241PD - Treatment of locally recurrent prostate cancer following external beam radiotherapy or brachytherapy: In situ gene therapy with iodine-131 and the...

Date 19 December 2015
Event ESMO Asia 2015 Congress
Session Genitourinary tumours
Topics Prostate Cancer
Surgery and/or Radiotherapy of Cancer
Presenter Brian Davis
Citation Annals of Oncology (2015) 26 (suppl_9): 71-79. 10.1093/annonc/mdv524
Authors B.J. Davis1, L.A. Mynderse2, T.M. Wilson2, G.A. Wiseman3, M.K. O'Connor3, M.J. Federspiel4, D.J. Tindall2, J.C. Morris5
  • 1Radiation Oncology, Mayo Clinic, 55905 - Rochester/US
  • 2Urology, Mayo Clinic, 55905 - Rochester/US
  • 3Nuclear Medicine, Mayo Clinic, 55905 - Rochester/US
  • 4Molecular Biology, Mayo Clinic, 55905 - Rochester/US
  • 5Endocrinology, Mayo Clinic, 55905 - Rochester/US



The purpose of this study is to test the feasibility and safety of in situ gene therapy using non-replicating adenovirus (Ad5)-mediated expression of the sodium-iodide symporter (NIS) gene injected directly into the prostate in patients with locally recurrent prostate cancer following external radiotherapy (EBRT) or permanent prostate brachytherapy (PPB).


Approval for human investigation by the Federal Drug Administration (FDA) and Institutional Review Board (IRB) was obtained for this study. The procedure includes injection of the adenovirus directly into the prostate via a template-guided transperineal route similar to a PPB approach using fluoroscopy and trans-rectal ultrasound image guidance. Viral particles are injected in 5 mL of solution subdivided into equivalent aliquots to 50 separate intraprostatic injection sites. Three days following injection, patients undergo 123I tracer dose imaging with subsequent planned 131I therapy subject to the condition that a prostate dose from 5-20 Gy can be delivered.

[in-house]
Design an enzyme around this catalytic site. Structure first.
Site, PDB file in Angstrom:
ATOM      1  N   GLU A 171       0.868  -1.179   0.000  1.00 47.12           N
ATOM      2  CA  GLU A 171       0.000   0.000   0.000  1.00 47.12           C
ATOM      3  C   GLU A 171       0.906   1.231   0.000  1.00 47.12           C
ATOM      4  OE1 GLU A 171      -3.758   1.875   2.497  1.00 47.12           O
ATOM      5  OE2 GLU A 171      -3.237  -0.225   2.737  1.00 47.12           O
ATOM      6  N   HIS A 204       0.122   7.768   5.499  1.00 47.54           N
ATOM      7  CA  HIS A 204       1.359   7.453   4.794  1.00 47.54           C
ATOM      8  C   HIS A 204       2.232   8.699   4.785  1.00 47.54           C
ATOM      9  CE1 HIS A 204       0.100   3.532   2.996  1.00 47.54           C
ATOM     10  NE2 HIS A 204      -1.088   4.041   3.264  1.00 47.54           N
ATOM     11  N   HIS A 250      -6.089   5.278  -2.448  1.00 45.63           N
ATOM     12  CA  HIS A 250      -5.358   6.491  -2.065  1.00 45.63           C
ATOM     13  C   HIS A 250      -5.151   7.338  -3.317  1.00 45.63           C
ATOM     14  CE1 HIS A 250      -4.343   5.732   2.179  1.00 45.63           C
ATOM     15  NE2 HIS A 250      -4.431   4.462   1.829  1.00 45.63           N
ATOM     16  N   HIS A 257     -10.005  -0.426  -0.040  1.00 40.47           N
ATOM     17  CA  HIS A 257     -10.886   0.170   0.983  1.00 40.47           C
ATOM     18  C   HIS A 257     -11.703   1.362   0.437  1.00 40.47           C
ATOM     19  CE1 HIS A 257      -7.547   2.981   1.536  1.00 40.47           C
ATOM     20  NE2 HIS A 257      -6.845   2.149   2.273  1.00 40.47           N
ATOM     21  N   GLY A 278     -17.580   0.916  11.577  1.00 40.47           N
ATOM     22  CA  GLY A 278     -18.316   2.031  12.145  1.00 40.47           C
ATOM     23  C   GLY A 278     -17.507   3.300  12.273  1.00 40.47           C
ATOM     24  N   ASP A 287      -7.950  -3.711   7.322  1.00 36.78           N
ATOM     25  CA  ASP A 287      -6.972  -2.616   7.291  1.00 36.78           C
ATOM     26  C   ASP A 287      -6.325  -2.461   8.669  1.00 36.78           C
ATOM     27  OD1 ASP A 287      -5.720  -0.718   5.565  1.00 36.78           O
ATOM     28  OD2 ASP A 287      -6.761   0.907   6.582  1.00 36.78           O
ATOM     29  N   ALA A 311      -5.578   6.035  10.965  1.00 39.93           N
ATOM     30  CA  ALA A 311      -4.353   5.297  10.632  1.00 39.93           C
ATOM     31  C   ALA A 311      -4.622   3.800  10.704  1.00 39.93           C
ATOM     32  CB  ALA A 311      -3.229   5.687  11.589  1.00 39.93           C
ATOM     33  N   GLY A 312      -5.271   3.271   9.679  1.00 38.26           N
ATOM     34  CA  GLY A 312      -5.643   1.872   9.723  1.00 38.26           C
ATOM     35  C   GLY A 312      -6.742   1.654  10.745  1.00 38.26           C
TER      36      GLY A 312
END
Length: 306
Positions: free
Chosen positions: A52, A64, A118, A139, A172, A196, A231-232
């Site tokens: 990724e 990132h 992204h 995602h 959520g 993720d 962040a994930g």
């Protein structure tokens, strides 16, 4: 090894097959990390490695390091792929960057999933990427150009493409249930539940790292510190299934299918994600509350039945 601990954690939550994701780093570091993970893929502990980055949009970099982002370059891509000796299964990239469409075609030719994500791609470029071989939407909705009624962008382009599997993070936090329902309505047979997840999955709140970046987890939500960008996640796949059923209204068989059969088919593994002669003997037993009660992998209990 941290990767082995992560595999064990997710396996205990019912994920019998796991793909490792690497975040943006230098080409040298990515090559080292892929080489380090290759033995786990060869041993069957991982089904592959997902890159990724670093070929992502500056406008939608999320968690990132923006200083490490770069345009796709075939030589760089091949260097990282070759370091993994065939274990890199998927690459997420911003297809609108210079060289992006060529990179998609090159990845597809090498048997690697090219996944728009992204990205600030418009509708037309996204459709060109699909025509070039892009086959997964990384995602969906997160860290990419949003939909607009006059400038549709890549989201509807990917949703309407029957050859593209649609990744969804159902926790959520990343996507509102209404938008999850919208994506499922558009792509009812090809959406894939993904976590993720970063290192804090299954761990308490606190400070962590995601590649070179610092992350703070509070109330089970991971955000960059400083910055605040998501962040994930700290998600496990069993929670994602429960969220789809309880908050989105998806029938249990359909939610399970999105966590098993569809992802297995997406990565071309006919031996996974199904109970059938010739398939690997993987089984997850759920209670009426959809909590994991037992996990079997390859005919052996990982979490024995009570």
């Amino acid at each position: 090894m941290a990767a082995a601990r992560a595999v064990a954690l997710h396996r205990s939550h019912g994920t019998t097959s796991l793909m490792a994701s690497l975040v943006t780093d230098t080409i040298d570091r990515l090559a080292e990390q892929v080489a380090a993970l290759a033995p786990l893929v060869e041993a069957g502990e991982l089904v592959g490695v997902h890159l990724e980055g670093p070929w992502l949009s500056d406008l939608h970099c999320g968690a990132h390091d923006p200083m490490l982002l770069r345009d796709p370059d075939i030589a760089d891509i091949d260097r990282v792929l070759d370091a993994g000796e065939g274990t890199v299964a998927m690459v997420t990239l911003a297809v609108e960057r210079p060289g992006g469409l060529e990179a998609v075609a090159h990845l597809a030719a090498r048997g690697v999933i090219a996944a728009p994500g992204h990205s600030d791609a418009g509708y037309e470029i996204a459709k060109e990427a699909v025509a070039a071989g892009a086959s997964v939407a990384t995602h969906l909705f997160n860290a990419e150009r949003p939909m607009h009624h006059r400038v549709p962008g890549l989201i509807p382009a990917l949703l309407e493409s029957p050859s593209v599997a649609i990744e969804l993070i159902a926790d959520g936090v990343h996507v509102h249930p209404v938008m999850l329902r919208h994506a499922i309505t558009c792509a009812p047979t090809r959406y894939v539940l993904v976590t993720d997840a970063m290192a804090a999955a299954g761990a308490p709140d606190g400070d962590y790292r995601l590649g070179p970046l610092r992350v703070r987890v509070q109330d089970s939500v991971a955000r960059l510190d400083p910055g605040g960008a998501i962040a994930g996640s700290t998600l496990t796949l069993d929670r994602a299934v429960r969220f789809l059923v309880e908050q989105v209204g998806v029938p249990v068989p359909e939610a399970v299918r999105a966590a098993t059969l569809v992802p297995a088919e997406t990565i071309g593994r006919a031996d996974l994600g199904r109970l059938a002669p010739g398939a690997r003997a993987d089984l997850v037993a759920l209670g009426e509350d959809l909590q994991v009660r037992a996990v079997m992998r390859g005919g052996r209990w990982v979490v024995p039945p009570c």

In preclinical animal studies, SPECT/CT imaging demonstrated distinct images of the NIS-transduced prostates. In the first eight human subjects treated to the 109 to 1012 viral particle levels, no Grade 2 or greater toxicity has been observed with median 2.1 years (range:0.1 to 6.5 years) of follow up. Dose levels of 109 to 1011 viral particles did not demonstrate 123I tracer uptake sufficient to deliver a therapeutic dose of 131I, whereas 3 of 5 patients receiving 1012 viral particles demonstrated sufficient uptake and received 131I.


Direct injection of non-replicating adenovirus into the prostate in pre-clinical animal and clinical studies has been without significant adverse events. Adequate uptake by the transfected cells expressing the NIS gene has been demonstrated in vivo and meaningful doses of radiation delivered to the prostate in patients receiving 1012 injected viral particles. Patient accrual continues in order to fully evaluate the safety and efficacy of this novel approach in the management of localized radiorecurrent prostate cancer.

Clinical trial identification


All authors have declared no conflicts of interest.